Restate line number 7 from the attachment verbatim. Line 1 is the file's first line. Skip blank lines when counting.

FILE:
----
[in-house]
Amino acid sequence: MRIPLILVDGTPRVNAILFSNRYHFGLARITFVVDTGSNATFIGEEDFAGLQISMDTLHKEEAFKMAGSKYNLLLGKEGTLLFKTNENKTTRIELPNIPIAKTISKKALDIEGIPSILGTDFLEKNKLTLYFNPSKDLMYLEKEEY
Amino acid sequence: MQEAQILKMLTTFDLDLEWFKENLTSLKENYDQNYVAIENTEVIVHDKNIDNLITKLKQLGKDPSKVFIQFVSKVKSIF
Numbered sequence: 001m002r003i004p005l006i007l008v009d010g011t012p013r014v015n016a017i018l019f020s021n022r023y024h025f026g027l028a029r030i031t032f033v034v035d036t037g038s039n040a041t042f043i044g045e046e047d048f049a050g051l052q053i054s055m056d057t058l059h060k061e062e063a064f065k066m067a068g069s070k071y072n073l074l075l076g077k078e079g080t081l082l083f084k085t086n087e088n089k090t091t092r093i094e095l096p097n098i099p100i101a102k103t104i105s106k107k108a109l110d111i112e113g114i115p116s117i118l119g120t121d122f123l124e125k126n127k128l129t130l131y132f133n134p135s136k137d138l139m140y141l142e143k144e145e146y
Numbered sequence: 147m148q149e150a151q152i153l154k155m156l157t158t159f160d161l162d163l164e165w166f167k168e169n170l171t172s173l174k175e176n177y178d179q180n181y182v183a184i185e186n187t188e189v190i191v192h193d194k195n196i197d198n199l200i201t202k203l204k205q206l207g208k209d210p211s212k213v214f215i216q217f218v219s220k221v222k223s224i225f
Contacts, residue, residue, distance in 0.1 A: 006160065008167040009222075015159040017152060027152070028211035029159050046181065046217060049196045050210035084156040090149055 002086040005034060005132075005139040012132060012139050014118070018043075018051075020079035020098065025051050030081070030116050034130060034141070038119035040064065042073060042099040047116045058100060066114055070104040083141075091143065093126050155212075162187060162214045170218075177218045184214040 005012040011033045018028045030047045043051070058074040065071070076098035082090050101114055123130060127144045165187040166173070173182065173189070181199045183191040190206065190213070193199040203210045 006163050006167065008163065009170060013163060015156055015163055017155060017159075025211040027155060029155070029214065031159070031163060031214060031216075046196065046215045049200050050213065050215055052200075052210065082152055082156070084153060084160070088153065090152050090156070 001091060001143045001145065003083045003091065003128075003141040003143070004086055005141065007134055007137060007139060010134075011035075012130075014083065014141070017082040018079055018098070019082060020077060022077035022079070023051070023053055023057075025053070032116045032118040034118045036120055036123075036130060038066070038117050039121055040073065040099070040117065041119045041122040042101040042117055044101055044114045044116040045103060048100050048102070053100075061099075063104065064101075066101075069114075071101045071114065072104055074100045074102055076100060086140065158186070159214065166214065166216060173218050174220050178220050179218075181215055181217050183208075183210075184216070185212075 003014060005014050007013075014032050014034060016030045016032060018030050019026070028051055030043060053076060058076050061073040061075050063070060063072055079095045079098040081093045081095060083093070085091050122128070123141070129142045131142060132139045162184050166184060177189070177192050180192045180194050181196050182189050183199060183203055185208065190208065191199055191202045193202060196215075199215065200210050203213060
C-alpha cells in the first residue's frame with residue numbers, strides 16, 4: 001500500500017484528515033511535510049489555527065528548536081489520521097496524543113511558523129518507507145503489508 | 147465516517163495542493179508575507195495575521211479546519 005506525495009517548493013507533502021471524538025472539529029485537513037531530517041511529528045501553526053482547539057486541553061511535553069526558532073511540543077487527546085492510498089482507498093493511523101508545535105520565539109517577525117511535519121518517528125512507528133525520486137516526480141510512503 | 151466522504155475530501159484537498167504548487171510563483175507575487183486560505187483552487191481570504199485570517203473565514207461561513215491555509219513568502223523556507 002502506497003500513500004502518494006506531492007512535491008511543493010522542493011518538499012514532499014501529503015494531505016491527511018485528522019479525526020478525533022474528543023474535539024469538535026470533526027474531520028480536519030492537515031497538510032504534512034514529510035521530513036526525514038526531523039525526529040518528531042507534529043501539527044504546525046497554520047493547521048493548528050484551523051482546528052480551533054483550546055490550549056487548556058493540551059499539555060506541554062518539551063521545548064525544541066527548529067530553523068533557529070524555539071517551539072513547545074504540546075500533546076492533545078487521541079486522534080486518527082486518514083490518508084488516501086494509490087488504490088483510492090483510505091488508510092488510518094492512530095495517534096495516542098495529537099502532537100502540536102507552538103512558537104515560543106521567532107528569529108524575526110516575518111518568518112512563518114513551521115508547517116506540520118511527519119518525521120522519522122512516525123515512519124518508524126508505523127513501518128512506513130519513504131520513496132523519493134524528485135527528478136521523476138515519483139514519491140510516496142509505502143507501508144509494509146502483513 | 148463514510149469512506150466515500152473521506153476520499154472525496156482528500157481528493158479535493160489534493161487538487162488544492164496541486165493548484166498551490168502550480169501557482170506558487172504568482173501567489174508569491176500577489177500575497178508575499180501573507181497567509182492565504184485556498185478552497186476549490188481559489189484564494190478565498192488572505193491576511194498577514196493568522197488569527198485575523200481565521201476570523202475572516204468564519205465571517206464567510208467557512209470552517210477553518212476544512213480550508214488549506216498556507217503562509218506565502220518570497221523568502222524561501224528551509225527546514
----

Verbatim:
C-alpha cells in the first residue's frame with residue numbers, strides 16, 4: 001500500500017484528515033511535510049489555527065528548536081489520521097496524543113511558523129518507507145503489508 | 147465516517163495542493179508575507195495575521211479546519 005506525495009517548493013507533502021471524538025472539529029485537513037531530517041511529528045501553526053482547539057486541553061511535553069526558532073511540543077487527546085492510498089482507498093493511523101508545535105520565539109517577525117511535519121518517528125512507528133525520486137516526480141510512503 | 151466522504155475530501159484537498167504548487171510563483175507575487183486560505187483552487191481570504199485570517203473565514207461561513215491555509219513568502223523556507 002502506497003500513500004502518494006506531492007512535491008511543493010522542493011518538499012514532499014501529503015494531505016491527511018485528522019479525526020478525533022474528543023474535539024469538535026470533526027474531520028480536519030492537515031497538510032504534512034514529510035521530513036526525514038526531523039525526529040518528531042507534529043501539527044504546525046497554520047493547521048493548528050484551523051482546528052480551533054483550546055490550549056487548556058493540551059499539555060506541554062518539551063521545548064525544541066527548529067530553523068533557529070524555539071517551539072513547545074504540546075500533546076492533545078487521541079486522534080486518527082486518514083490518508084488516501086494509490087488504490088483510492090483510505091488508510092488510518094492512530095495517534096495516542098495529537099502532537100502540536102507552538103512558537104515560543106521567532107528569529108524575526110516575518111518568518112512563518114513551521115508547517116506540520118511527519119518525521120522519522122512516525123515512519124518508524126508505523127513501518128512506513130519513504131520513496132523519493134524528485135527528478136521523476138515519483139514519491140510516496142509505502143507501508144509494509146502483513 | 148463514510149469512506150466515500152473521506153476520499154472525496156482528500157481528493158479535493160489534493161487538487162488544492164496541486165493548484166498551490168502550480169501557482170506558487172504568482173501567489174508569491176500577489177500575497178508575499180501573507181497567509182492565504184485556498185478552497186476549490188481559489189484564494190478565498192488572505193491576511194498577514196493568522197488569527198485575523200481565521201476570523202475572516204468564519205465571517206464567510208467557512209470552517210477553518212476544512213480550508214488549506216498556507217503562509218506565502220518570497221523568502222524561501224528551509225527546514